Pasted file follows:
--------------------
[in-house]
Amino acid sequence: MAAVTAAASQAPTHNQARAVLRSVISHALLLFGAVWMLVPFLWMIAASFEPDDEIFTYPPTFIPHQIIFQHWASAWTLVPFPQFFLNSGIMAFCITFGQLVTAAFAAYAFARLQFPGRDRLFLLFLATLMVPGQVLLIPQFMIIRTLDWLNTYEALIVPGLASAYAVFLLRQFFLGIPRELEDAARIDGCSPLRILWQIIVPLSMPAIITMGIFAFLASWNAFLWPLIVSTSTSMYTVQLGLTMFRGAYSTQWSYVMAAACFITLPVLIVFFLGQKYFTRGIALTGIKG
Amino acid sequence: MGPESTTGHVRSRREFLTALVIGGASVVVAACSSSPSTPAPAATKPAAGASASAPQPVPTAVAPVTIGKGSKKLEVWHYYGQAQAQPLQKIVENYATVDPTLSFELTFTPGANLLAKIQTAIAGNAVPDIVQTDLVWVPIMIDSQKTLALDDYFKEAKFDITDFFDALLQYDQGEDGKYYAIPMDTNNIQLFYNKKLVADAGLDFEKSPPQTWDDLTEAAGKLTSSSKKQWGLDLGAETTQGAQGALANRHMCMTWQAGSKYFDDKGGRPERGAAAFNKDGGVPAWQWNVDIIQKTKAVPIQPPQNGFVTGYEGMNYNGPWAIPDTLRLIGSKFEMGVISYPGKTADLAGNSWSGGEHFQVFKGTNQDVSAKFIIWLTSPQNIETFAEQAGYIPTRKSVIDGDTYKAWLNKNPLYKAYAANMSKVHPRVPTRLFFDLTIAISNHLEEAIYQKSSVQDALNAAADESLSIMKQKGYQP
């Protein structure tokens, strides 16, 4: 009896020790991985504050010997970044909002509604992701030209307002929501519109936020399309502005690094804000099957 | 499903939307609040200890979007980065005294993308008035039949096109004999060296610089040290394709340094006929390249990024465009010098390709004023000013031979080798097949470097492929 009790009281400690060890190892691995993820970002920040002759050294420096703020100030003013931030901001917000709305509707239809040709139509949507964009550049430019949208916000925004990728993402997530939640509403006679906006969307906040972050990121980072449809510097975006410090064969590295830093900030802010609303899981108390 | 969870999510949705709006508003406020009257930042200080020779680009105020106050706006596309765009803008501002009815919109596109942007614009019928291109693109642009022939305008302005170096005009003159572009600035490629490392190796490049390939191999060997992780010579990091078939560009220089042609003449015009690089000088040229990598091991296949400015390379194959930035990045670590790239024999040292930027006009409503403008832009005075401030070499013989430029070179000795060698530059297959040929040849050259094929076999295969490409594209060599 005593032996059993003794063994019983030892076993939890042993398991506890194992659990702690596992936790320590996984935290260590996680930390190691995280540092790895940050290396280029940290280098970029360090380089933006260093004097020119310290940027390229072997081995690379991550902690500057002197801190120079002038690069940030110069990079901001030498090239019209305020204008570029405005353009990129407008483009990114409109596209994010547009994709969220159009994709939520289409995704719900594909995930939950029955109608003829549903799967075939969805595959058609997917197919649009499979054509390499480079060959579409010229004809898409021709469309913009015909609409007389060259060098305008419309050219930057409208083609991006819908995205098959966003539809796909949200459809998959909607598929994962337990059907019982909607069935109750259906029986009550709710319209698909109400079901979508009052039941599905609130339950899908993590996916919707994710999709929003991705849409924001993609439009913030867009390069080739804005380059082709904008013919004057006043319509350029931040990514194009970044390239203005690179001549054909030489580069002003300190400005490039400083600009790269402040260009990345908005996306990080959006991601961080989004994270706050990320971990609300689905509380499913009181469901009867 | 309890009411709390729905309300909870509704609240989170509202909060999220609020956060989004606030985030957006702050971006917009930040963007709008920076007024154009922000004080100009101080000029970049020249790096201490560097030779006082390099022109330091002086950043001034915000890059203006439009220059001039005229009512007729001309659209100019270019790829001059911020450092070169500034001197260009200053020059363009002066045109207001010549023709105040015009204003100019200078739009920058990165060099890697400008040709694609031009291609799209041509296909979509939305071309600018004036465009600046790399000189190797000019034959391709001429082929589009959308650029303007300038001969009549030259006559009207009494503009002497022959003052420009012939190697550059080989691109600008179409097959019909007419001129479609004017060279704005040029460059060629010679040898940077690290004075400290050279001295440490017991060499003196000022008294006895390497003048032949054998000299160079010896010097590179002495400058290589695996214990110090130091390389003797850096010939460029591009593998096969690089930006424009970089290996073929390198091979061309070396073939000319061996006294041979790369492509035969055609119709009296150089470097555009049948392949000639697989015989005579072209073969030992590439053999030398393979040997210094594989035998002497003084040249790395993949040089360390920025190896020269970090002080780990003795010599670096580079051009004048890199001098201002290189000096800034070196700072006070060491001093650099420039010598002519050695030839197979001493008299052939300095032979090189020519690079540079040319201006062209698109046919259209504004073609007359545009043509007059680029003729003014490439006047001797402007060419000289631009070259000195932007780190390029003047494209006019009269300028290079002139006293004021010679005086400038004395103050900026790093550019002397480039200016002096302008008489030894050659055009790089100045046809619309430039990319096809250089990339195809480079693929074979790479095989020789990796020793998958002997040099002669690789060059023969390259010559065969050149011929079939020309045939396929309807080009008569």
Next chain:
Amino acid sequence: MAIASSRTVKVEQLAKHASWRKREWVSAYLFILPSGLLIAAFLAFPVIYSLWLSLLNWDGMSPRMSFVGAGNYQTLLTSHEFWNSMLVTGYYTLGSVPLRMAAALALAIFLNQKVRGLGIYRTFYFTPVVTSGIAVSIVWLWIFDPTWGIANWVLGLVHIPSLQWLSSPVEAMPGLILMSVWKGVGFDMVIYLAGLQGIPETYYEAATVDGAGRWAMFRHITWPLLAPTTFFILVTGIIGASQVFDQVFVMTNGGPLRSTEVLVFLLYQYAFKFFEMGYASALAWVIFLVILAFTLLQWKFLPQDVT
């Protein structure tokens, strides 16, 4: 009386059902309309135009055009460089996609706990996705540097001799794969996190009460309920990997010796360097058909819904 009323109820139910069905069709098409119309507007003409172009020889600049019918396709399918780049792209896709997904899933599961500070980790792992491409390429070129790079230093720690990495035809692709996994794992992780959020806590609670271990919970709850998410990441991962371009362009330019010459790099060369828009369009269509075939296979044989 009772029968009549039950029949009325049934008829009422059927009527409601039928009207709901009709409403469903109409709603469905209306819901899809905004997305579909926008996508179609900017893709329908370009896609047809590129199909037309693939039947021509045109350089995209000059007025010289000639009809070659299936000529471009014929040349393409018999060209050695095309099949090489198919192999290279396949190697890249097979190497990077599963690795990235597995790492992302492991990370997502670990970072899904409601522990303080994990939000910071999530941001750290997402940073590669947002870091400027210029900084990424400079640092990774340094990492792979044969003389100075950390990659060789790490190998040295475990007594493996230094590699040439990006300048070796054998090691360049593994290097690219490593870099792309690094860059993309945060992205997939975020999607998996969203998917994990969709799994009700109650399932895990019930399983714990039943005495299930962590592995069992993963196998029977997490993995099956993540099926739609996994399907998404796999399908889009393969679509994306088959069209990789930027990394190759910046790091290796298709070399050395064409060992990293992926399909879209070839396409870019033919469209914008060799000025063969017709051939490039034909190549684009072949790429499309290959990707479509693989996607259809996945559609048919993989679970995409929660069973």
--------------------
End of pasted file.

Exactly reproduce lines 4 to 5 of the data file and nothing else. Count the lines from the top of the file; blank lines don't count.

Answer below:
């Protein structure tokens, strides 16, 4: 009896020790991985504050010997970044909002509604992701030209307002929501519109936020399309502005690094804000099957 | 499903939307609040200890979007980065005294993308008035039949096109004999060296610089040290394709340094006929390249990024465009010098390709004023000013031979080798097949470097492929 009790009281400690060890190892691995993820970002920040002759050294420096703020100030003013931030901001917000709305509707239809040709139509949507964009550049430019949208916000925004990728993402997530939640509403006679906006969307906040972050990121980072449809510097975006410090064969590295830093900030802010609303899981108390 | 969870999510949705709006508003406020009257930042200080020779680009105020106050706006596309765009803008501002009815919109596109942007614009019928291109693109642009022939305008302005170096005009003159572009600035490629490392190796490049390939191999060997992780010579990091078939560009220089042609003449015009690089000088040229990598091991296949400015390379194959930035990045670590790239024999040292930027006009409503403008832009005075401030070499013989430029070179000795060698530059297959040929040849050259094929076999295969490409594209060599 005593032996059993003794063994019983030892076993939890042993398991506890194992659990702690596992936790320590996984935290260590996680930390190691995280540092790895940050290396280029940290280098970029360090380089933006260093004097020119310290940027390229072997081995690379991550902690500057002197801190120079002038690069940030110069990079901001030498090239019209305020204008570029405005353009990129407008483009990114409109596209994010547009994709969220159009994709939520289409995704719900594909995930939950029955109608003829549903799967075939969805595959058609997917197919649009499979054509390499480079060959579409010229004809898409021709469309913009015909609409007389060259060098305008419309050219930057409208083609991006819908995205098959966003539809796909949200459809998959909607598929994962337990059907019982909607069935109750259906029986009550709710319209698909109400079901979508009052039941599905609130339950899908993590996916919707994710999709929003991705849409924001993609439009913030867009390069080739804005380059082709904008013919004057006043319509350029931040990514194009970044390239203005690179001549054909030489580069002003300190400005490039400083600009790269402040260009990345908005996306990080959006991601961080989004994270706050990320971990609300689905509380499913009181469901009867 | 309890009411709390729905309300909870509704609240989170509202909060999220609020956060989004606030985030957006702050971006917009930040963007709008920076007024154009922000004080100009101080000029970049020249790096201490560097030779006082390099022109330091002086950043001034915000890059203006439009220059001039005229009512007729001309659209100019270019790829001059911020450092070169500034001197260009200053020059363009002066045109207001010549023709105040015009204003100019200078739009920058990165060099890697400008040709694609031009291609799209041509296909979509939305071309600018004036465009600046790399000189190797000019034959391709001429082929589009959308650029303007300038001969009549030259006559009207009494503009002497022959003052420009012939190697550059080989691109600008179409097959019909007419001129479609004017060279704005040029460059060629010679040898940077690290004075400290050279001295440490017991060499003196000022008294006895390497003048032949054998000299160079010896010097590179002495400058290589695996214990110090130091390389003797850096010939460029591009593998096969690089930006424009970089290996073929390198091979061309070396073939000319061996006294041979790369492509035969055609119709009296150089470097555009049948392949000639697989015989005579072209073969030992590439053999030398393979040997210094594989035998002497003084040249790395993949040089360390920025190896020269970090002080780990003795010599670096580079051009004048890199001098201002290189000096800034070196700072006070060491001093650099420039010598002519050695030839197979001493008299052939300095032979090189020519690079540079040319201006062209698109046919259209504004073609007359545009043509007059680029003729003014490439006047001797402007060419000289631009070259000195932007780190390029003047494209006019009269300028290079002139006293004021010679005086400038004395103050900026790093550019002397480039200016002096302008008489030894050659055009790089100045046809619309430039990319096809250089990339195809480079693929074979790479095989020789990796020793998958002997040099002669690789060059023969390259010559065969050149011929079939020309045939396929309807080009008569």
Next chain: